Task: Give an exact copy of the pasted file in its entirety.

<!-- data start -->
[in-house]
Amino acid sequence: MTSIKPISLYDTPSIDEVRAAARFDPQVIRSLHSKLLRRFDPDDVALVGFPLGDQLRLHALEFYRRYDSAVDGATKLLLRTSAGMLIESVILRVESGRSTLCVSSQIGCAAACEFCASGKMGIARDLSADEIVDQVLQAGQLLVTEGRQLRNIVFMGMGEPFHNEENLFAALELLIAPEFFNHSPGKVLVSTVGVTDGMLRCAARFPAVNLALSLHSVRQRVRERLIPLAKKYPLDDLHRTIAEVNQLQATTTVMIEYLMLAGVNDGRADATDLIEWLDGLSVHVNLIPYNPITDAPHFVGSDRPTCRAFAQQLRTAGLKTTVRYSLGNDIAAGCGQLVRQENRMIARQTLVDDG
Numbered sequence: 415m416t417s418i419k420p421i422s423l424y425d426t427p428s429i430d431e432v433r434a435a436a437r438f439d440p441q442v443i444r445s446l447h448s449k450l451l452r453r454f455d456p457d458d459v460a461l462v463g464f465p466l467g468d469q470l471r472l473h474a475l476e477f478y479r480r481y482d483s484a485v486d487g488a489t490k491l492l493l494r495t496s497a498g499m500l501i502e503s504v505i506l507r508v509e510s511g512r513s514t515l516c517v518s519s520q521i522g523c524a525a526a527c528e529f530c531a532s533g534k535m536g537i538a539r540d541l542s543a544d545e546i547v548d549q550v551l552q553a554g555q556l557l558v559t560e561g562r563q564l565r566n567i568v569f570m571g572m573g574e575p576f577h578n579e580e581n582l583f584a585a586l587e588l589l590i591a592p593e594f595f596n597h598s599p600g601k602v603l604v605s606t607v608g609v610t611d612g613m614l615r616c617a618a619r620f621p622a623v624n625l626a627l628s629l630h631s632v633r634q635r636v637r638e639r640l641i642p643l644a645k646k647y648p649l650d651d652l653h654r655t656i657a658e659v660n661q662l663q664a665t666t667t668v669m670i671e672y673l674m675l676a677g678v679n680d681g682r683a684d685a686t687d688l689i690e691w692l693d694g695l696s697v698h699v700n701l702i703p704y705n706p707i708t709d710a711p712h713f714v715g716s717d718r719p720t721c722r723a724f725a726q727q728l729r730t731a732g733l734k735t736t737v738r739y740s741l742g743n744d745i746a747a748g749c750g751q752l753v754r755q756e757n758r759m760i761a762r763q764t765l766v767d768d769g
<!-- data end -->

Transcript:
[in-house]
Amino acid sequence: MTSIKPISLYDTPSIDEVRAAARFDPQVIRSLHSKLLRRFDPDDVALVGFPLGDQLRLHALEFYRRYDSAVDGATKLLLRTSAGMLIESVILRVESGRSTLCVSSQIGCAAACEFCASGKMGIARDLSADEIVDQVLQAGQLLVTEGRQLRNIVFMGMGEPFHNEENLFAALELLIAPEFFNHSPGKVLVSTVGVTDGMLRCAARFPAVNLALSLHSVRQRVRERLIPLAKKYPLDDLHRTIAEVNQLQATTTVMIEYLMLAGVNDGRADATDLIEWLDGLSVHVNLIPYNPITDAPHFVGSDRPTCRAFAQQLRTAGLKTTVRYSLGNDIAAGCGQLVRQENRMIARQTLVDDG
Numbered sequence: 415m416t417s418i419k420p421i422s423l424y425d426t427p428s429i430d431e432v433r434a435a436a437r438f439d440p441q442v443i444r445s446l447h448s449k450l451l452r453r454f455d456p457d458d459v460a461l462v463g464f465p466l467g468d469q470l471r472l473h474a475l476e477f478y479r480r481y482d483s484a485v486d487g488a489t490k491l492l493l494r495t496s497a498g499m500l501i502e503s504v505i506l507r508v509e510s511g512r513s514t515l516c517v518s519s520q521i522g523c524a525a526a527c528e529f530c531a532s533g534k535m536g537i538a539r540d541l542s543a544d545e546i547v548d549q550v551l552q553a554g555q556l557l558v559t560e561g562r563q564l565r566n567i568v569f570m571g572m573g574e575p576f577h578n579e580e581n582l583f584a585a586l587e588l589l590i591a592p593e594f595f596n597h598s599p600g601k602v603l604v605s606t607v608g609v610t611d612g613m614l615r616c617a618a619r620f621p622a623v624n625l626a627l628s629l630h631s632v633r634q635r636v637r638e639r640l641i642p643l644a645k646k647y648p649l650d651d652l653h654r655t656i657a658e659v660n661q662l663q664a665t666t667t668v669m670i671e672y673l674m675l676a677g678v679n680d681g682r683a684d685a686t687d688l689i690e691w692l693d694g695l696s697v698h699v700n701l702i703p704y705n706p707i708t709d710a711p712h713f714v715g716s717d718r719p720t721c722r723a724f725a726q727q728l729r730t731a732g733l734k735t736t737v738r739y740s741l742g743n744d745i746a747a748g749c750g751q752l753v754r755q756e757n758r759m760i761a762r763q764t765l766v767d768d769g